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...were it always the consequence of superfluous delicacy; for it is the privilege only of deep reflection, or lively fancy, to destroy happiness by art and refinement. But by continual indulgence of a particular humour, or by long enjoyment of undisputed superiority, the dull and thoughtless may likewise acquire the power of tormenting themselves and others, and become sufficiently ridiculous or hateful to those who are within sight of their conduct, or reach of their influence.They that have grown old in a single state are generally found to be morose, fretful and captious; tenacious of their own practices and maxims; soon offended by contradiction or negligence; and impatient of any association but with those that will watch their nod, and submit themselves to unlimited authority.Such is the effect of having lived without the necessity of consulting any inclination but their own.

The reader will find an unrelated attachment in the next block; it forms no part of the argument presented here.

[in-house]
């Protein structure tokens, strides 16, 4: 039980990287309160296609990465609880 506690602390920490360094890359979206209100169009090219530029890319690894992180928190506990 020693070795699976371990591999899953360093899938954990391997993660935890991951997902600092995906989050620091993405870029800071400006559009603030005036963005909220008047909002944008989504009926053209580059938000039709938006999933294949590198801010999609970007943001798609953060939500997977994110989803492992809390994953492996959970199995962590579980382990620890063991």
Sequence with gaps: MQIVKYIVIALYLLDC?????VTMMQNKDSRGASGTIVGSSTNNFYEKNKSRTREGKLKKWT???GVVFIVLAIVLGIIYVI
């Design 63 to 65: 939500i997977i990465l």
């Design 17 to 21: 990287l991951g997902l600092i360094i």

The irascibility of this class of tyrants is generally exerted upon petty provocations, such as are incident to understandings not far extended beyond the instincts of animal life; but, unhappily, he that fixes his attention on things always before him, will never have long cessations of anger. There are many veterans of luxury upon whom every noon brings a paroxysm of violence, fury,... Johnson, Samuel
Excerpt from The Works of Samuel Johnson, Volume 03 The Rambler, Volume II · This quote is about bachelor · Search on Google Books to find all references and sources for this quotation.
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